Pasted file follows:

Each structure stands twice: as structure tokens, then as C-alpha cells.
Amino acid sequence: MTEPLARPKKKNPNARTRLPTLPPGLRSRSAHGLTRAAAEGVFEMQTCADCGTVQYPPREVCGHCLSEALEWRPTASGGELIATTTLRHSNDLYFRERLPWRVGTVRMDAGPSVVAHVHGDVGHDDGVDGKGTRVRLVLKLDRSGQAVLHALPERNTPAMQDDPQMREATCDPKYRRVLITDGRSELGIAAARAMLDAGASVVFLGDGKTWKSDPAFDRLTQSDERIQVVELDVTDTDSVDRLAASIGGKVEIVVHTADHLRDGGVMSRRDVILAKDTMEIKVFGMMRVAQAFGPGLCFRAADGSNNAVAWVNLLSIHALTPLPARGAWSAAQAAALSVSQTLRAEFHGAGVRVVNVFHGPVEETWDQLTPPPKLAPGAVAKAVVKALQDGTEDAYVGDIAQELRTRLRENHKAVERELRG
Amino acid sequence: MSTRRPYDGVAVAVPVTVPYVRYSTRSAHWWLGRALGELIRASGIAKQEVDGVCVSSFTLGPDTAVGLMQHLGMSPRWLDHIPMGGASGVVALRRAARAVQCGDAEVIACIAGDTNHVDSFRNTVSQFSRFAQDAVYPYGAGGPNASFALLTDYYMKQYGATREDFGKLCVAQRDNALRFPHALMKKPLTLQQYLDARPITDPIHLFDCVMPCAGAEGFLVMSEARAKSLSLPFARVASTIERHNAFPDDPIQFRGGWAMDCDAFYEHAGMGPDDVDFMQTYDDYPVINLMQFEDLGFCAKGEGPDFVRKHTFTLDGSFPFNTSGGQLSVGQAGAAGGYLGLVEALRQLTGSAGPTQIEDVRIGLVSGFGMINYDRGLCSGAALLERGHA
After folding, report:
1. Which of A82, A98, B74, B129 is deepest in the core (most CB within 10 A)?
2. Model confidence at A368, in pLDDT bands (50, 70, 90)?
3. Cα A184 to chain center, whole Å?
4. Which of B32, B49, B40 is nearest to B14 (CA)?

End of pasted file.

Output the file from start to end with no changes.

Each structure stands twice: as structure tokens, then as C-alpha cells.
Amino acid sequence: MTEPLARPKKKNPNARTRLPTLPPGLRSRSAHGLTRAAAEGVFEMQTCADCGTVQYPPREVCGHCLSEALEWRPTASGGELIATTTLRHSNDLYFRERLPWRVGTVRMDAGPSVVAHVHGDVGHDDGVDGKGTRVRLVLKLDRSGQAVLHALPERNTPAMQDDPQMREATCDPKYRRVLITDGRSELGIAAARAMLDAGASVVFLGDGKTWKSDPAFDRLTQSDERIQVVELDVTDTDSVDRLAASIGGKVEIVVHTADHLRDGGVMSRRDVILAKDTMEIKVFGMMRVAQAFGPGLCFRAADGSNNAVAWVNLLSIHALTPLPARGAWSAAQAAALSVSQTLRAEFHGAGVRVVNVFHGPVEETWDQLTPPPKLAPGAVAKAVVKALQDGTEDAYVGDIAQELRTRLRENHKAVERELRG
Amino acid sequence: MSTRRPYDGVAVAVPVTVPYVRYSTRSAHWWLGRALGELIRASGIAKQEVDGVCVSSFTLGPDTAVGLMQHLGMSPRWLDHIPMGGASGVVALRRAARAVQCGDAEVIACIAGDTNHVDSFRNTVSQFSRFAQDAVYPYGAGGPNASFALLTDYYMKQYGATREDFGKLCVAQRDNALRFPHALMKKPLTLQQYLDARPITDPIHLFDCVMPCAGAEGFLVMSEARAKSLSLPFARVASTIERHNAFPDDPIQFRGGWAMDCDAFYEHAGMGPDDVDFMQTYDDYPVINLMQFEDLGFCAKGEGPDFVRKHTFTLDGSFPFNTSGGQLSVGQAGAAGGYLGLVEALRQLTGSAGPTQIEDVRIGLVSGFGMINYDRGLCSGAALLERGHA
After folding, report:
1. Which of A82, A98, B74, B129 is deepest in the core (most CB within 10 A)?
2. Model confidence at A368, in pLDDT bands (50, 70, 90)?
3. Cα A184 to chain center, whole Å?
4. Which of B32, B49, B40 is nearest to B14 (CA)?